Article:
PGS offers a number of benefits, which some critics may contest, and we’ll cover each of those in this lesson.
First, when PGS is used fewer embryos are transferred that lead to either a failed implantation or a miscarriage. Failed transfers exact an emotional, financial and temporal toll. Below is data from one clinic that shows when they transfer PGS-approved embryos, they have higher rates of implantation and those implanted embryos are less likely to result in miscarriage.
RMA New Jersey has noticed a phenomenon that we’ve now seen repeated throughout the US: when patients use PGS they are more amenable to transferring a single embryo, because they have higher confidence that embryo will lead to a live birth, as you can see below.
This matters because multiple embryo transfer carries meaningful risk (as we cover in our Embryo Transfer Course). When a single embryo is transferred only 1% of births result in twins but when multiple embryos are transferred 27% of births result in twins.
Carrying, and delivering, multiple babies is dangerous. Complications during delivery to mother and child increase substantially (2 – 5x) with multiple gestation births. These observations are culled from an enormous dataset: every U.S. delivery between 1995 and 2000.
We should say here it's possible to have higher rates of risk and yet still low probabilities a bad outcome will occur. That said, multiple fetuses leads to premature-birth, and low-birth weight, in 57% of cases for twins and 97% of cases for triplets.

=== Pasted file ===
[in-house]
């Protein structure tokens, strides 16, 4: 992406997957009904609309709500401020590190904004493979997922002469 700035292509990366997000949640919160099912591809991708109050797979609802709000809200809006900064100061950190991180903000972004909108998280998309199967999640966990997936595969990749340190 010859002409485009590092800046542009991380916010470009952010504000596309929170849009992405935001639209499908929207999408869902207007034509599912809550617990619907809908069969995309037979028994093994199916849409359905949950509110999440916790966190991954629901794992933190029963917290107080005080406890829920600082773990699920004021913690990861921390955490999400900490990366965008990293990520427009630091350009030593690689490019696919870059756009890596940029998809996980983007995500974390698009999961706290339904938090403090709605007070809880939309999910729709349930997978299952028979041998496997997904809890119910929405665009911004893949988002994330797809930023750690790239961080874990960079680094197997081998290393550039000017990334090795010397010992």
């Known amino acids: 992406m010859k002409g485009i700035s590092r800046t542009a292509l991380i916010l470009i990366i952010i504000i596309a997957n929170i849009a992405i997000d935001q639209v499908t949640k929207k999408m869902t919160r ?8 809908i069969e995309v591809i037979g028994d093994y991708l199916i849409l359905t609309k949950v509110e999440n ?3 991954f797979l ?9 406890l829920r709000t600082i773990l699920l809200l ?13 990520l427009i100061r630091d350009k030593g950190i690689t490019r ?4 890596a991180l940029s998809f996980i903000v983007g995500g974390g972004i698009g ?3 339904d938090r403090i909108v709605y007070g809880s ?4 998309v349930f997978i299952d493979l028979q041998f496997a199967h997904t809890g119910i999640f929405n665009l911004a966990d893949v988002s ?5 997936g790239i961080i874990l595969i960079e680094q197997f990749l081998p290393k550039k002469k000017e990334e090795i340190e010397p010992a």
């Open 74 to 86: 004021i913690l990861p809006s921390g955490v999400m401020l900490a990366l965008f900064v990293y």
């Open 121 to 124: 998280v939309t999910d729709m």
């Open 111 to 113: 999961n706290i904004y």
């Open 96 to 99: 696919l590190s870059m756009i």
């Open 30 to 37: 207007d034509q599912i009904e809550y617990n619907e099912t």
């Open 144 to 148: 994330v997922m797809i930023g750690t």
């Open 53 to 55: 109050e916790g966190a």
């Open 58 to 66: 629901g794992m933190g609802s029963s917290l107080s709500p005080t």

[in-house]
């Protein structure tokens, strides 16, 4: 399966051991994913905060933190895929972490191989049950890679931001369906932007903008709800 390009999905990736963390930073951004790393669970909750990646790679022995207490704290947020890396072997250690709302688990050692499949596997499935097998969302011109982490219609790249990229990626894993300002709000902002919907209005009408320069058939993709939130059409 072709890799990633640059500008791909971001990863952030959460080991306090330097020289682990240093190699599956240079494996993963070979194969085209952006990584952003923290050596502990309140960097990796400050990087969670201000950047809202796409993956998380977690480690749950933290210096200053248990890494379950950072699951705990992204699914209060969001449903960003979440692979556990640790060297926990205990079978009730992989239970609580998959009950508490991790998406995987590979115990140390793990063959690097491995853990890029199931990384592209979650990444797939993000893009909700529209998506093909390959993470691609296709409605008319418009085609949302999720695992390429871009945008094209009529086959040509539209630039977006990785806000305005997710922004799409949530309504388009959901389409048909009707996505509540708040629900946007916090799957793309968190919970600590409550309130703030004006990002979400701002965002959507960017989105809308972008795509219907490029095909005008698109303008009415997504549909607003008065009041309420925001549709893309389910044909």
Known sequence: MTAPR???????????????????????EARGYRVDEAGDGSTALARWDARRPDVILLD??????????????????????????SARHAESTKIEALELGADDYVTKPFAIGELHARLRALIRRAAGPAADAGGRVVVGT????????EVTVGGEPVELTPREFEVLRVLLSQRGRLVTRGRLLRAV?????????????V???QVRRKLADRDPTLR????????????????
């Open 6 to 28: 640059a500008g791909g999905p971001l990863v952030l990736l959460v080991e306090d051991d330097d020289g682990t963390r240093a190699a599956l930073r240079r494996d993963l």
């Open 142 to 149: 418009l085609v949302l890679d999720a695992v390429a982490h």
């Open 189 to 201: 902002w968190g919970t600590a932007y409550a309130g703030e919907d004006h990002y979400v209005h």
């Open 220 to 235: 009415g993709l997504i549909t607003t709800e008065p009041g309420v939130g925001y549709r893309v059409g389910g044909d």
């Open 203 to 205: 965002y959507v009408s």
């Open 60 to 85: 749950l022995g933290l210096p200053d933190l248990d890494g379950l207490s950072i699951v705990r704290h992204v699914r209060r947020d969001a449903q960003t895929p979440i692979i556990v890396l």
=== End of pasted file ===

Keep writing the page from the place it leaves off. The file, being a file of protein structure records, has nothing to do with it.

Why does this matter? Low-birth weight and premature offspring record lower cognitive scores equating to tens of points on the I.Q. test. In the last month of gestation alone the baby increases it’s cortical grey matter by 50% and myelinated white matter threefold.
The authors in the above study also determined, when looking at similar studies, there was a clear correlation with low birth weight, short gestational period, and attention deficit disorder.
Many fertility patients are not just hoping to have one child, but to build an entire family through IVF. That may be possible from a single retrieval retrieval given most patients who get one embryo from a retrieval actually get multiple.
Now, let’s imagine two scenarios (follow the diagram below) for a family that had their retrieval in January, 2018, and had one viable embryo that could lead to a baby, and extra embryos that were all aneuploid, but they know they want more children.
The family tests their extra embryos with PGS, realizes none of the extra embryos are likely to work, does another retrieval cycle in March, 2018. Thereafter, the family transfers a embryo and delivers its first child in December, 2018. Here this family stands with one baby and a new batch of March, 2018 embryos.
The family decides to transfer their good embryo in March, 2018, the mother conceives and delivers in December, 2018. After a year of recovery, the family decides to transfer their next embryos in December, 2019. That transfer ends in a miscarriage (remember, those extra embryos were aneuploid) in January, 2020. After waiting two months to recover, the family begins their second retrieval in March 2020. Here this family stands with on baby and a new batch of March, 2020 embryos.
Same family, same endpoint (one child already) but staring at the prospect of using embryos derived from eggs of a drastically different age: March, 2018 versus March, 2020. How much does two years matter? That depends on the woman but in many cases, it’s significant, as you can see by the SART success rates, by age, below.